If you have diabetes type 1 or type 2, a care plan will go a long way in helping you deal with the conditions. A care plan will serve as the ideal road map to manage the condition and live a happy and comfortable life.

A diabetes care plan is designed to help you deal with the condition daily and who you should call if you have any concerns. It also has a list of goals you should hit to help you improve your overall health. This post will teach you what you should have in your ideal care plan.

How Should A Diabetes Care Plan Look Like?

Managing diabetes includes eating a healthy diet, monitoring blood glucose, and physical activity. A diabetes care plan should include blood sugar management methods and goals such as device settings, insulin dosages, and medication.

The CDC (Centers for Disease and Prevention) outlines the ideal care plan based on your daily, monthly, and other regular activities. Here is an overview of what the plan should include:

Blood sugar checks• How often will you check your blood sugar?
• What is your desired blood sugar range?
• How will you correct high or low blood sugars?
• When do you call your doctor for blood sugar results?
Medications• What are the medications you take daily to manage your diabetes?
• How will you manage low blood sugars (e.g., will you carry glucose tablets)?
• At what times of day will you take your diabetes medications?
• What happens if you accidentally skip a medication dose?
Food• What is your daily carbohydrate recommendation?
• What foods can you eat that keep your blood sugars in the target range?
• If you can’t eat, how do you adjust your insulin or medications?
Physical activity• What is your daily goal for physical activity?
• When do you adjust medication dosages or blood sugar for physical activity?
Foot checks• How or who will help you check your feet daily for cuts, sores, or swelling?
• When should you call your doctor about what you see?


Your care plan should also include long-term management plans and checks. Here is an example of such a plan.

How often?Considerations and monitoring
Every three months• Get an A1C test if your doctor recommends it.
• Consult a doctor if you are in the beginning stages of diabetes management.
Every six months• Get a dental checkup.
• Get an A1C test if your blood sugar levels have been in range.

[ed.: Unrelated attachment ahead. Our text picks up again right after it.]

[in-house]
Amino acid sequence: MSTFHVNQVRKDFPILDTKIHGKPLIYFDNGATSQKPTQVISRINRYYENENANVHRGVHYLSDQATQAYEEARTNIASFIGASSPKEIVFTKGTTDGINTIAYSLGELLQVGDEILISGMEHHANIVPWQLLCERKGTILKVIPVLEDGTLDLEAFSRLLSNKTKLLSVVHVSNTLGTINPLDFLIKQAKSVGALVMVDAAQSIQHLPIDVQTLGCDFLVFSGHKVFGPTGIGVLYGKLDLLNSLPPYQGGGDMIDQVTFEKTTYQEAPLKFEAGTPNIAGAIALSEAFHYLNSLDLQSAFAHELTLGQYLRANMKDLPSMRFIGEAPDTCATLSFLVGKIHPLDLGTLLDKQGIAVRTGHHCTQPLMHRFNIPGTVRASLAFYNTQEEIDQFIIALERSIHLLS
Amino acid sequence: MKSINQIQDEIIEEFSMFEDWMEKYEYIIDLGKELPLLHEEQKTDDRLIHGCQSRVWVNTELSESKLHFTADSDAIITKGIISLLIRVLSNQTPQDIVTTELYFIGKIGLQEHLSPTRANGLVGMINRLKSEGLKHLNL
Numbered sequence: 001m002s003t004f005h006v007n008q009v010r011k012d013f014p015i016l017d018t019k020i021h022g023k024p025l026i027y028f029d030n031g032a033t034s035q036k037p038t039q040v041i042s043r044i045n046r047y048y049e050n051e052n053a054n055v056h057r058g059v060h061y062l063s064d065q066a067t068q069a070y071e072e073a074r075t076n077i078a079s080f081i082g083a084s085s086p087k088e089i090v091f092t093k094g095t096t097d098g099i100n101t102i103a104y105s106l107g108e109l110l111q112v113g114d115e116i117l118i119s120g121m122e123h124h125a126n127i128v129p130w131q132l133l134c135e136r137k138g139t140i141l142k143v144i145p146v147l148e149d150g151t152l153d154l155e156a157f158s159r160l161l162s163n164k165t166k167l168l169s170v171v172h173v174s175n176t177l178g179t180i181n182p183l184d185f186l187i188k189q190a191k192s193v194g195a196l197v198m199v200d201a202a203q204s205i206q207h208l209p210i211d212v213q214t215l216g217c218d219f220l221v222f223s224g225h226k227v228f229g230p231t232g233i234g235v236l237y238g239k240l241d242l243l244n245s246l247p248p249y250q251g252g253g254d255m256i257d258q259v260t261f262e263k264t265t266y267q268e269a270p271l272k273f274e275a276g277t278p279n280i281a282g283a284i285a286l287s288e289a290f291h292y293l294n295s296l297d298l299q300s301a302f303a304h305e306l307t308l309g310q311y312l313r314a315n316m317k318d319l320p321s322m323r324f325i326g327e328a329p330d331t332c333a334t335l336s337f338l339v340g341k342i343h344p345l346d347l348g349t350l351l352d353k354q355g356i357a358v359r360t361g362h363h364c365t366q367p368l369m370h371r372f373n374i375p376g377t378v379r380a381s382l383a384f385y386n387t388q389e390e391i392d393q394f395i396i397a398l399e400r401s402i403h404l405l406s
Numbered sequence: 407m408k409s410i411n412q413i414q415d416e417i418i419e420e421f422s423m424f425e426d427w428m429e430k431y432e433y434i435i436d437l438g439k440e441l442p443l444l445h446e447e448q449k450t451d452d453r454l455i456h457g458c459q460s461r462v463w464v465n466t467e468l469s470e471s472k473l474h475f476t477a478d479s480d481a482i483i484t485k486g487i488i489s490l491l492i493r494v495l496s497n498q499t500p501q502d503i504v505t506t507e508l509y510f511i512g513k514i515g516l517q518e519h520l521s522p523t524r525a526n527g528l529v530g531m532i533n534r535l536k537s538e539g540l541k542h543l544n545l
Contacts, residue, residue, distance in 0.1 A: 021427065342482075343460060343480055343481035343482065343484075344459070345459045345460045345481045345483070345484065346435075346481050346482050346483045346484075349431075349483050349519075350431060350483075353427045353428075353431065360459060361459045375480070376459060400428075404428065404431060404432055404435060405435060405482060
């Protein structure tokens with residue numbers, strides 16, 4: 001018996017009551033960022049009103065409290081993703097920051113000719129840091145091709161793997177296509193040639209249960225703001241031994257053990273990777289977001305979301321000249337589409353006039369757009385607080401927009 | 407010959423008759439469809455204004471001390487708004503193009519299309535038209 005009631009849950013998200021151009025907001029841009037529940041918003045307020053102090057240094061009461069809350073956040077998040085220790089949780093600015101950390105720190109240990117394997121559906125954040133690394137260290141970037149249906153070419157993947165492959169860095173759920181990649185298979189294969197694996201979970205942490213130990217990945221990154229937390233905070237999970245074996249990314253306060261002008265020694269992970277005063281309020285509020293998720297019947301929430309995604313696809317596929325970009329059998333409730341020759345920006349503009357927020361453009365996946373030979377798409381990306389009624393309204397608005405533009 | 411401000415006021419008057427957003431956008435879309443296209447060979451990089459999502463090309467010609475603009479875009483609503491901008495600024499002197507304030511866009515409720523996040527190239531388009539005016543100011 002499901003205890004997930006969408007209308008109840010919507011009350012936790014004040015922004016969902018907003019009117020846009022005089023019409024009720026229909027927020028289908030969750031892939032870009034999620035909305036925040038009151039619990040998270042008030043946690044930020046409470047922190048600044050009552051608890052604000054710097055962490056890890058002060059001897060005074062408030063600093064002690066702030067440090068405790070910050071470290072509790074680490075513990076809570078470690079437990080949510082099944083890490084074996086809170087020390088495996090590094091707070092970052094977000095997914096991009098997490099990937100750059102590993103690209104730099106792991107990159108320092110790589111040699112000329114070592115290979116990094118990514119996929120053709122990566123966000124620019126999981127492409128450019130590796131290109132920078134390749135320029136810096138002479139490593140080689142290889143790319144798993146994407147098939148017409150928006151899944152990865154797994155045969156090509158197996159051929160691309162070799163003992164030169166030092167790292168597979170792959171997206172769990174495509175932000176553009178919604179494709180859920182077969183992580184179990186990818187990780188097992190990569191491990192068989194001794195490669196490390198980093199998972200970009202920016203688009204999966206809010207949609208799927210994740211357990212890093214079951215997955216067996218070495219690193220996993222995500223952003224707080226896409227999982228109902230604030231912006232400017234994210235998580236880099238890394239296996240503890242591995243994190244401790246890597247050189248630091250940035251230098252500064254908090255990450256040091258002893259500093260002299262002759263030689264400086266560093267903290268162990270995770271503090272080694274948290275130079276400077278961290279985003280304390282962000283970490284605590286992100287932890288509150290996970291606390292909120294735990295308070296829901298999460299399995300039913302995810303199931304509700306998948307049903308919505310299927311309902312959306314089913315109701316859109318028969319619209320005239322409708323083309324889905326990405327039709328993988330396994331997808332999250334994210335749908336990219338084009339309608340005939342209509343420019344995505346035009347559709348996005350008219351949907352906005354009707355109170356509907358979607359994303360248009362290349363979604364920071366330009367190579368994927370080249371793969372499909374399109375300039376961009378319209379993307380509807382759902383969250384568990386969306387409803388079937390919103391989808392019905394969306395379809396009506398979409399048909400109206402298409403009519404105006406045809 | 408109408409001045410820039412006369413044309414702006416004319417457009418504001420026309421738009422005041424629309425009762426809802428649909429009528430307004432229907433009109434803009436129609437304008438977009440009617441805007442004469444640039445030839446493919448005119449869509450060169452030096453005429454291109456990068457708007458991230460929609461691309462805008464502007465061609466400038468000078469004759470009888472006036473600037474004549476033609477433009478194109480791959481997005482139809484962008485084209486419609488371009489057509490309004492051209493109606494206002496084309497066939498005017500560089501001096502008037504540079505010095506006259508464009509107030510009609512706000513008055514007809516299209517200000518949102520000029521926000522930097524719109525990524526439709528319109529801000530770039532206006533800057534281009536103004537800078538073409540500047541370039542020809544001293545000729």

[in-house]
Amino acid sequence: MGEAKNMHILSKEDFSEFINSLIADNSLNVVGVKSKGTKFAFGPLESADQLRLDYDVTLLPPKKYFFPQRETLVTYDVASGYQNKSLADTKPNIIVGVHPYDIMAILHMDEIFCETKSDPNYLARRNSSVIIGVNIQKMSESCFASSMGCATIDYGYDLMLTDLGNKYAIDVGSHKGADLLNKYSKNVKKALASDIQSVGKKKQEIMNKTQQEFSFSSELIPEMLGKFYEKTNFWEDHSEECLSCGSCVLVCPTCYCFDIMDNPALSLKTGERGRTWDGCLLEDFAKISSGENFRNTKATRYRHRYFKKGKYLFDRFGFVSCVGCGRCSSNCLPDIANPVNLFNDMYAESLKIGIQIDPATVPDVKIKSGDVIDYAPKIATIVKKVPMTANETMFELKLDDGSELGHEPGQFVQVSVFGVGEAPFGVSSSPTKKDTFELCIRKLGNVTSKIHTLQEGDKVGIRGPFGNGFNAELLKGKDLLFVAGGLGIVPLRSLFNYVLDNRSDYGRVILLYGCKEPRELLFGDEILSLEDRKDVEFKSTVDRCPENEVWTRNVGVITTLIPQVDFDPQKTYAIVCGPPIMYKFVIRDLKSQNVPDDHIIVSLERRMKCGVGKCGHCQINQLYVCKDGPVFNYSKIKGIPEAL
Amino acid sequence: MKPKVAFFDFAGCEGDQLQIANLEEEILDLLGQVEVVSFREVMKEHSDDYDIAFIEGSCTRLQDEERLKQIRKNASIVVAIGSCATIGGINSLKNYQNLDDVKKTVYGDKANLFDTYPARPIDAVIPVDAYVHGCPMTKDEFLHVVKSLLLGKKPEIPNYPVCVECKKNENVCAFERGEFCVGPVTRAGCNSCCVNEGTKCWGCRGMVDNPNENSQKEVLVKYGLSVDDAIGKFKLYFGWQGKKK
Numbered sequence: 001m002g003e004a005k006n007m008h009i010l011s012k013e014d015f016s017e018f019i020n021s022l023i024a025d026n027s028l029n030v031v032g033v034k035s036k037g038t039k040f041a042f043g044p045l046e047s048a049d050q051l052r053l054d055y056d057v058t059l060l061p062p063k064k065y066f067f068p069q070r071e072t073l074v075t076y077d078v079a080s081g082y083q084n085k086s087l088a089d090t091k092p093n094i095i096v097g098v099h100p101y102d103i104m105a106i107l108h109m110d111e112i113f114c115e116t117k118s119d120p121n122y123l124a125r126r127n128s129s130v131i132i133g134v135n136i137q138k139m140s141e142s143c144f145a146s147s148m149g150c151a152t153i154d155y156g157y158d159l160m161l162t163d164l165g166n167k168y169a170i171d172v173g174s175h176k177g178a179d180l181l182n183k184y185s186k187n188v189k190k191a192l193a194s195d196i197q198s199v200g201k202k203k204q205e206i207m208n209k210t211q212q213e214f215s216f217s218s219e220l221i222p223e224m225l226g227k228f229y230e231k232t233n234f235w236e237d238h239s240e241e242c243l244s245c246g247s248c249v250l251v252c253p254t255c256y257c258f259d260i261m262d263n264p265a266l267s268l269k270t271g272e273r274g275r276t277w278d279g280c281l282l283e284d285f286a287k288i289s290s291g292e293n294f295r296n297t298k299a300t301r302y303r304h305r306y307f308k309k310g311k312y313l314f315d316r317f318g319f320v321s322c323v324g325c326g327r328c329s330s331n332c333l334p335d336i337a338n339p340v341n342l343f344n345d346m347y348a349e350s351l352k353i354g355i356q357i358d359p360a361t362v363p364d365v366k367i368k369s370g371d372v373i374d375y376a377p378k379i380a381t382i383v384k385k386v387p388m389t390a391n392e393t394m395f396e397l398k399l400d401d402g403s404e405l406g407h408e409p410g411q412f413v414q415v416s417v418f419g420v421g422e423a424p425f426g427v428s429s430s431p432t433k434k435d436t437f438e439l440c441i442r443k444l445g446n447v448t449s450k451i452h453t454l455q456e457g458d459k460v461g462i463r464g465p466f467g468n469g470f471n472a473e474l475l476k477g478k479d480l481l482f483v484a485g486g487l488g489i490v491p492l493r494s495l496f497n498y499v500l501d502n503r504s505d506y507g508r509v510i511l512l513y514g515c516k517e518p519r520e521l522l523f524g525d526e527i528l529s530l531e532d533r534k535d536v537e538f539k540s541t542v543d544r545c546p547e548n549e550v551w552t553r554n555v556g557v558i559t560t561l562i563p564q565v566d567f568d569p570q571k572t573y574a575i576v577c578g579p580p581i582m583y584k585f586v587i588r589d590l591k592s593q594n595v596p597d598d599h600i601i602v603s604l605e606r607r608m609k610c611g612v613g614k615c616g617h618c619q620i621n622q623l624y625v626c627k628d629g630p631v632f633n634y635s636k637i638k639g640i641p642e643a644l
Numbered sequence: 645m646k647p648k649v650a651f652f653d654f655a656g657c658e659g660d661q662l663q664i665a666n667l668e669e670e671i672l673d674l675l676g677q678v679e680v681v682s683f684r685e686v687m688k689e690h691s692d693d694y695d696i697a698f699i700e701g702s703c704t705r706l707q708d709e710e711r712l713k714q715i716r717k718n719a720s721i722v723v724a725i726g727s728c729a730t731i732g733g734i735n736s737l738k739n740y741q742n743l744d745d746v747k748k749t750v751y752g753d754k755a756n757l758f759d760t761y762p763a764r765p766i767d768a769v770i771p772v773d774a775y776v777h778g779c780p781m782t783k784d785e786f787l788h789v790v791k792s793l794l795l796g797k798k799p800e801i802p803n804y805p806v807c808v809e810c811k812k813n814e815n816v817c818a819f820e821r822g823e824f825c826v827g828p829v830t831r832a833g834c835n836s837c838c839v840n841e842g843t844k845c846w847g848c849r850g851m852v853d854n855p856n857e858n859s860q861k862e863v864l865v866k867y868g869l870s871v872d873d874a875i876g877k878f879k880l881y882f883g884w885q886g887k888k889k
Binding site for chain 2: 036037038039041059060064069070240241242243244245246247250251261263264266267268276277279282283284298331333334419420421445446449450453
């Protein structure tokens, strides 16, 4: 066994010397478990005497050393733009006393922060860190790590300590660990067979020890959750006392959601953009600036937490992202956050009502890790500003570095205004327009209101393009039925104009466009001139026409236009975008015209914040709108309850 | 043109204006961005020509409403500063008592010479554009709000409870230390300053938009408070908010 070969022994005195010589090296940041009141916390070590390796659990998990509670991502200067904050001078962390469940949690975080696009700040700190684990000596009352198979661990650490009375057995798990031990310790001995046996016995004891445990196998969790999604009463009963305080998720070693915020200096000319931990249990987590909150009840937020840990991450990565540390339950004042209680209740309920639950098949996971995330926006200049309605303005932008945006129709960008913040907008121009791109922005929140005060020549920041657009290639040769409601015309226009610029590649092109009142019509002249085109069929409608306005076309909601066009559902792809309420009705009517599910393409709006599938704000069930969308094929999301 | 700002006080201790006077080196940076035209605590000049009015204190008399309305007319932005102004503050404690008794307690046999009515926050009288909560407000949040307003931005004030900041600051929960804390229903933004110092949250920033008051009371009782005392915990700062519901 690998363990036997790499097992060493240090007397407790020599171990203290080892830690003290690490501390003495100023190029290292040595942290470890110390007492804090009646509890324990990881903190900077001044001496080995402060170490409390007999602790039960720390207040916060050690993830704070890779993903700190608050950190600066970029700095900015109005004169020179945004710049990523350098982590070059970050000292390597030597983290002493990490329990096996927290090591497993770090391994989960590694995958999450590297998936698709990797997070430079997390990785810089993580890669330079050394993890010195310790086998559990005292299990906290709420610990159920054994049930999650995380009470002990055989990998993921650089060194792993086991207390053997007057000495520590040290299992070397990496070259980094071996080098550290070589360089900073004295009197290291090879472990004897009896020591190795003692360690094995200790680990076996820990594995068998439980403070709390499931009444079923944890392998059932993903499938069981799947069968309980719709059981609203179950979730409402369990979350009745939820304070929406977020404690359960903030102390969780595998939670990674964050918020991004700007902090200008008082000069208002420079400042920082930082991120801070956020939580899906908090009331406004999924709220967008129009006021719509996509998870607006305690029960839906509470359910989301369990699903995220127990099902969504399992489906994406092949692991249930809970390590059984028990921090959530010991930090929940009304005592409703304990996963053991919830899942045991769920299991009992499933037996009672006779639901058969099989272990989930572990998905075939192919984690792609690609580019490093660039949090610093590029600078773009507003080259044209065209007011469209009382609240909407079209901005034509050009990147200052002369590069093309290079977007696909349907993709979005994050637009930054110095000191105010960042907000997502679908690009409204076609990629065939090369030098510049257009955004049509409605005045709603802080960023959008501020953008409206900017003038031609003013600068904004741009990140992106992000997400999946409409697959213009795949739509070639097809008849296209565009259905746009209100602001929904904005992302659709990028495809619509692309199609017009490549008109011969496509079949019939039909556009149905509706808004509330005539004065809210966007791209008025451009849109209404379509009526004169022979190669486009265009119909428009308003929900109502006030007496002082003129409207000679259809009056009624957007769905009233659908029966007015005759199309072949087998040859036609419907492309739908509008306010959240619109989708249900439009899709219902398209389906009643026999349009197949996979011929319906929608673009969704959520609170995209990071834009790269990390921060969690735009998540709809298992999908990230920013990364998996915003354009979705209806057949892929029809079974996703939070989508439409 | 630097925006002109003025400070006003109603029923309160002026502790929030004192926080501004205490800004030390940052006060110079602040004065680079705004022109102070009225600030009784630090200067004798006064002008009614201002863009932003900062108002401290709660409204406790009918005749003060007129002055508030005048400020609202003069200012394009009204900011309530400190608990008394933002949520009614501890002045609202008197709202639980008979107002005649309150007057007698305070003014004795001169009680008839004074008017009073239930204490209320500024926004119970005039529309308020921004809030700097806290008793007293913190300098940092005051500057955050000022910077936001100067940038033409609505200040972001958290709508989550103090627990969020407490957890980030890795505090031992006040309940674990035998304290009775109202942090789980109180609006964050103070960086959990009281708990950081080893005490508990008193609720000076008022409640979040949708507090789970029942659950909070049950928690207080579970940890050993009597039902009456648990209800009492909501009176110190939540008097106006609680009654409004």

• Have your weight checked, review your care plan, and check your blood pressure.
Every 12 months (yearly)• Get your flu shot.
• Get a dilated eye examination.
• Get a cholesterol test.
• See a doctor for a complete foot check.


What Is The Importance Of Getting A Diabetes Care Plan?

While you do not have to follow the plan perfectly, managing the condition well requires a concrete plan. Good planning and organization will make all the difference, and it will help you avoid the guesswork in your daily activities and also keep you aware of when you need help.

There are different ways to make a diabetes plan care. Here are some ways we recommend:

  • Getting a journal or notebook to create dedicated pages for diabetes management, including blood sugar goals and medication.
  • Taking advantage of the American Diabetes Association (ADA) resources which have write-in areas, or get a Diabetes Medical Management Plan for school use.
  • You can also download an app to manage your diabetes which offers carbohydrate counting and glucose tracking options.

Studies suggest that a written or online plan will help you improve your clinical management of diabetes. Some reported results were decreases in cholesterol, body mass index, and high blood pressure.

Who Should You Involve In A Diabetes Care Plan?

Here is a look at various specialists you should involve in your diabetes care:

  • A diabetes care specialist and education specialist
  • A nurse practitioner, a doctor, or a physician
  • An eye doctor
  • An exercise specialist
  • A mental professional, a counselor, or a psychologist
  • A podiatrist
  • A registered nutritionist or dietitian

It is also important to involve your family since they will play a huge part in your care.

References and Resources